- Part I. General theory of Lorentzian G-manifold.
- A.The orbit space M/G of a Lorentzian manifold M with an isometry group G
- B. Structure of a Lorentzian G-manifold in a neighborhood of a closed orbit P
- C. Lorentzian G-manifolds with semisimple group G.
- D. Compact Lorentzian G-manifolds.

- Part II. Lorentzian manifolds with large isometry group.
- A. Homogeneous Lorentzian manifolds.
- B. Lorentzian G-manifolds with isometry group G of big dimension.
- C. Cohomogeneity 1 Lorentzian manifolds.

- Part III. Lorentzian spin manifolds with many Killing spinors.

- Lorentzian manifolds with large isometry groups
- Homogeneity in Lorentzian geometry
- Curvature homogeneous Lorentzian metrics in low dimensions

In this brief course of Lectures on Lorentzian Geometry we are going to review
the main ideas involved in the formulation and proof of the so called "Rieman-
nian and Lorentzian Splitting Theorems". We will put special emphasis on the
similarities and differences in the arguments when passing from the Riemannian
to the Lorentzian case, and the way in which these obstacles are overcome in
the proofs.

We will begin by establishing the Riemannian Splitting Theorem by Cheeger
and Gromoll, including some comments about the initial motivation and its
precedents. Next, we will give some basic notions and previous results useful
for the proof of the theorem. Then, we will outline the main ideas of the
original proof due to Cheeger and Gromoll. We will also study an alternative
proof provided by Eschenburg and Heintze, which minimizes the use of elliptic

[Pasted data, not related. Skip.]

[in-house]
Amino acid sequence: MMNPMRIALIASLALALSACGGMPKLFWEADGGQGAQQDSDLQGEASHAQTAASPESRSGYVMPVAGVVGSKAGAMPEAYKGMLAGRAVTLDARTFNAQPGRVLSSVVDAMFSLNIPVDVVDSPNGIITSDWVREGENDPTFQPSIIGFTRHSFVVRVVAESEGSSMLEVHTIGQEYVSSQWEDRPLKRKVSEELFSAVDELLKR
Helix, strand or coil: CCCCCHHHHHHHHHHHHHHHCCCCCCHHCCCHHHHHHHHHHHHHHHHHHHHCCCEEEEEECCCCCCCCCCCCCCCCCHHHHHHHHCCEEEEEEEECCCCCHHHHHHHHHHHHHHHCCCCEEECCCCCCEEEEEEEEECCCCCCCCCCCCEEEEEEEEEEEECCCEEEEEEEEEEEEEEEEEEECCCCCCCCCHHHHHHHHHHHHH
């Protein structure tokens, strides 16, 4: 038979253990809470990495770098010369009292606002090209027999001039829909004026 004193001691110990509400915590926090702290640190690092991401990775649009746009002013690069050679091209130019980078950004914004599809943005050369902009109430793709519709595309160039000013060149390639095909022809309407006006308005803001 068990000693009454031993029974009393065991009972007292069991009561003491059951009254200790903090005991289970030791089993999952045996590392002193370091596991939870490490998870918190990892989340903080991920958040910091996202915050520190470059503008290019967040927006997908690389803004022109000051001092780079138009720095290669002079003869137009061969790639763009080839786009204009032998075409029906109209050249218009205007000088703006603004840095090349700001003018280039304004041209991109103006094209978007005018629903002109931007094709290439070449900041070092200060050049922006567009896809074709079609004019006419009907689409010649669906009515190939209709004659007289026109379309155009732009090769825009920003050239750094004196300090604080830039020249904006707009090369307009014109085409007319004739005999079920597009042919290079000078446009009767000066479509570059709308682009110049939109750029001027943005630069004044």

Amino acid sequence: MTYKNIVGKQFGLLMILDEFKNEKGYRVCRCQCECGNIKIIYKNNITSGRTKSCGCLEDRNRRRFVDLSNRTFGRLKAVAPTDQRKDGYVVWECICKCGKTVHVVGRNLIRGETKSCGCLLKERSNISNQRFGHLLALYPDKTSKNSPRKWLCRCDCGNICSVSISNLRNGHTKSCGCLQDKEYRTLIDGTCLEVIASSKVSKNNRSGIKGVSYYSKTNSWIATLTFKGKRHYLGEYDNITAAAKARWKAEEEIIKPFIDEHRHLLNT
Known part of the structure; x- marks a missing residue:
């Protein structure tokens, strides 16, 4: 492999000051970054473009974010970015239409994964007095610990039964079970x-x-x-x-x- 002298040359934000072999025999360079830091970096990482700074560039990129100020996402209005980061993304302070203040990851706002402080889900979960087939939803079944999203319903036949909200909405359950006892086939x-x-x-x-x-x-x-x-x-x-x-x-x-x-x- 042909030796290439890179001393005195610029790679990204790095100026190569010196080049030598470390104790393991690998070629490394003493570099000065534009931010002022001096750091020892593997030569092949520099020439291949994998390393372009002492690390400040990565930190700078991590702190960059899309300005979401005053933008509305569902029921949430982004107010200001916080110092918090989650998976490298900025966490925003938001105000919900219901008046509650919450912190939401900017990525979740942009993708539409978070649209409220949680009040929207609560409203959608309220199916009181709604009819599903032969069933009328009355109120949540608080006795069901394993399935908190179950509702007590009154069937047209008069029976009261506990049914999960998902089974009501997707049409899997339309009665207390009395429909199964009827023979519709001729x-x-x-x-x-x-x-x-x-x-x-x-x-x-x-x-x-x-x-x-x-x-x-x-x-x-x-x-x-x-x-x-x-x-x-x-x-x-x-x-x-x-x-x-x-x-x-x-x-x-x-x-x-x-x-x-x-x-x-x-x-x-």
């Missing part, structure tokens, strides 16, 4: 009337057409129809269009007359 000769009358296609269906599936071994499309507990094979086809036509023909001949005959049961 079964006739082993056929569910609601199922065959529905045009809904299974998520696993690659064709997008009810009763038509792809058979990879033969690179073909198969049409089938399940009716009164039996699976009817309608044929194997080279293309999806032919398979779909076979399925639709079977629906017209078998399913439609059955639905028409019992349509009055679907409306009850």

theory, and thus, becomes very useful in the Lorentzian version of the theorem.

Next, we will consider the Lorentizian case. After recalling some basic no-
tions and results of this geometry, we will establish the Lorentzian Splitting
Theorem, including some comments about the main hits in the history of its
proof. For the proof of this result, which will be described with certain detail,
we will essentially follow the approach by Galloway in [J. Diff. Geom. 29 (1989),
373-387]. Finally, we will conclude the course by analyzing some open problems
related to these theorems.

In General Relativity, spacetime is modeled as a Lorentzian manifold and light rays are modeled as lightlike geodesics. If there are two or more future-oriented light rays from a timelike curve (worldline of a light source) to a point (observation event), one speaks of multiple imaging by the gravitational lens effect. This means that an observer at the observation event sees two or more images of the light source. In these lectures I demonstrate how a variational principle (Fermat's principle) can be used for investigating the gravitational lens effect. Among other things, I will discuss the notion of conjugate points and the notion of cut points and I will outline their relevance in view of gravitational lensing.